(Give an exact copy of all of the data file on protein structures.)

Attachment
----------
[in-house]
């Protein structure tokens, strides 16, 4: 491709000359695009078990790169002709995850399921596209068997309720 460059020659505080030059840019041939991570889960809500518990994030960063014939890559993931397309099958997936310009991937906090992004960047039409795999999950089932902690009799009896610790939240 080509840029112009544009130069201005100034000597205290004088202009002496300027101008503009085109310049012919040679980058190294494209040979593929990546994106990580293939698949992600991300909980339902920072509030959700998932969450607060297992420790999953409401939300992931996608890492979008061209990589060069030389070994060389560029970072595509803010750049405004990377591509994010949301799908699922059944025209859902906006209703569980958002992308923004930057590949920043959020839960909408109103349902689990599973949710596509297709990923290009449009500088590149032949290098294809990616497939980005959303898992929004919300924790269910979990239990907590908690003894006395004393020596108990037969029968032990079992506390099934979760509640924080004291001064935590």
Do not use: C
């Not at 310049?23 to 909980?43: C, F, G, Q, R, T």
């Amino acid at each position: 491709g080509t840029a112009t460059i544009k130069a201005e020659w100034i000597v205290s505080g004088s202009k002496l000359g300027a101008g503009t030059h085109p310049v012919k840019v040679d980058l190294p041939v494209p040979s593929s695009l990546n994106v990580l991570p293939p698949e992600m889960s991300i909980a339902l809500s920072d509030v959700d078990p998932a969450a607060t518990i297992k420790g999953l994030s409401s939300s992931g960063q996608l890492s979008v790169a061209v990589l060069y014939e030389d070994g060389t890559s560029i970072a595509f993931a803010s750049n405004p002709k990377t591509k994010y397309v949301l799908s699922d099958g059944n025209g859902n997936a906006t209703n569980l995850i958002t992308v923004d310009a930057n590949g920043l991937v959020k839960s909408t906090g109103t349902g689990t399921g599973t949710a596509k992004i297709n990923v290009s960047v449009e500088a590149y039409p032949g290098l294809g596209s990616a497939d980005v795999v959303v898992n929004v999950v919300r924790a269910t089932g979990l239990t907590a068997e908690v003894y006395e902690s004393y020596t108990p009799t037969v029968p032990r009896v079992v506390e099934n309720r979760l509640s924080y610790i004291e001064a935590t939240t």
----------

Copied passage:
[in-house]
């Protein structure tokens, strides 16, 4: 491709000359695009078990790169002709995850399921596209068997309720 460059020659505080030059840019041939991570889960809500518990994030960063014939890559993931397309099958997936310009991937906090992004960047039409795999999950089932902690009799009896610790939240 080509840029112009544009130069201005100034000597205290004088202009002496300027101008503009085109310049012919040679980058190294494209040979593929990546994106990580293939698949992600991300909980339902920072509030959700998932969450607060297992420790999953409401939300992931996608890492979008061209990589060069030389070994060389560029970072595509803010750049405004990377591509994010949301799908699922059944025209859902906006209703569980958002992308923004930057590949920043959020839960909408109103349902689990599973949710596509297709990923290009449009500088590149032949290098294809990616497939980005959303898992929004919300924790269910979990239990907590908690003894006395004393020596108990037969029968032990079992506390099934979760509640924080004291001064935590």
Do not use: C
């Not at 310049?23 to 909980?43: C, F, G, Q, R, T």
């Amino acid at each position: 491709g080509t840029a112009t460059i544009k130069a201005e020659w100034i000597v205290s505080g004088s202009k002496l000359g300027a101008g503009t030059h085109p310049v012919k840019v040679d980058l190294p041939v494209p040979s593929s695009l990546n994106v990580l991570p293939p698949e992600m889960s991300i909980a339902l809500s920072d509030v959700d078990p998932a969450a607060t518990i297992k420790g999953l994030s409401s939300s992931g960063q996608l890492s979008v790169a061209v990589l060069y014939e030389d070994g060389t890559s560029i970072a595509f993931a803010s750049n405004p002709k990377t591509k994010y397309v949301l799908s699922d099958g059944n025209g859902n997936a906006t209703n569980l995850i958002t992308v923004d310009a930057n590949g920043l991937v959020k839960s909408t906090g109103t349902g689990t399921g599973t949710a596509k992004i297709n990923v290009s960047v449009e500088a590149y039409p032949g290098l294809g596209s990616a497939d980005v795999v959303v898992n929004v999950v919300r924790a269910t089932g979990l239990t907590a068997e908690v003894y006395e902690s004393y020596t108990p009799t037969v029968p032990r009896v079992v506390e099934n309720r979760l509640s924080y610790i004291e001064a935590t939240t």